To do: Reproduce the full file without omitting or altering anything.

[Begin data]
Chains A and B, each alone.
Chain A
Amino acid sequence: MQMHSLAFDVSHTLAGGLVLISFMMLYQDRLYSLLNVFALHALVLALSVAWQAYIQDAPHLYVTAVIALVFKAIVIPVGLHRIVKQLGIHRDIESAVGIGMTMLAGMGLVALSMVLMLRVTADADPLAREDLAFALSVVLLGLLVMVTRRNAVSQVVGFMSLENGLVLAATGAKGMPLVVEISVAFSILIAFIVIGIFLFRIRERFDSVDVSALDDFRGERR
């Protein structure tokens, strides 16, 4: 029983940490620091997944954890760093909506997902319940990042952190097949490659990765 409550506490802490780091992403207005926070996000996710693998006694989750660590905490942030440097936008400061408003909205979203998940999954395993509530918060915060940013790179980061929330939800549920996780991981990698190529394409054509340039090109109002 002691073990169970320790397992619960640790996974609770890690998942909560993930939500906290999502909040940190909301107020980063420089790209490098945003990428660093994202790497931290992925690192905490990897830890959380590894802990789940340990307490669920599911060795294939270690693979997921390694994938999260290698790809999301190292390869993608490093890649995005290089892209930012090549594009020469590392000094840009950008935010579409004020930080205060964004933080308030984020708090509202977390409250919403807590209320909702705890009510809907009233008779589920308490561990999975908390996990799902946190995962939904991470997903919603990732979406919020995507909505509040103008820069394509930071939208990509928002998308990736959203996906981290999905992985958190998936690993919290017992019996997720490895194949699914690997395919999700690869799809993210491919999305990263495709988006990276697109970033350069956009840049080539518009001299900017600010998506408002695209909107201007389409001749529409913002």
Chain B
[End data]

Chains A and B, each alone.
Chain A
Amino acid sequence: MQMHSLAFDVSHTLAGGLVLISFMMLYQDRLYSLLNVFALHALVLALSVAWQAYIQDAPHLYVTAVIALVFKAIVIPVGLHRIVKQLGIHRDIESAVGIGMTMLAGMGLVALSMVLMLRVTADADPLAREDLAFALSVVLLGLLVMVTRRNAVSQVVGFMSLENGLVLAATGAKGMPLVVEISVAFSILIAFIVIGIFLFRIRERFDSVDVSALDDFRGERR
């Protein structure tokens, strides 16, 4: 029983940490620091997944954890760093909506997902319940990042952190097949490659990765 409550506490802490780091992403207005926070996000996710693998006694989750660590905490942030440097936008400061408003909205979203998940999954395993509530918060915060940013790179980061929330939800549920996780991981990698190529394409054509340039090109109002 002691073990169970320790397992619960640790996974609770890690998942909560993930939500906290999502909040940190909301107020980063420089790209490098945003990428660093994202790497931290992925690192905490990897830890959380590894802990789940340990307490669920599911060795294939270690693979997921390694994938999260290698790809999301190292390869993608490093890649995005290089892209930012090549594009020469590392000094840009950008935010579409004020930080205060964004933080308030984020708090509202977390409250919403807590209320909702705890009510809907009233008779589920308490561990999975908390996990799902946190995962939904991470997903919603990732979406919020995507909505509040103008820069394509930071939208990509928002998308990736959203996906981290999905992985958190998936690993919290017992019996997720490895194949699914690997395919999700690869799809993210491919999305990263495709988006990276697109970033350069956009840049080539518009001299900017600010998506408002695209909107201007389409001749529409913002």
Chain B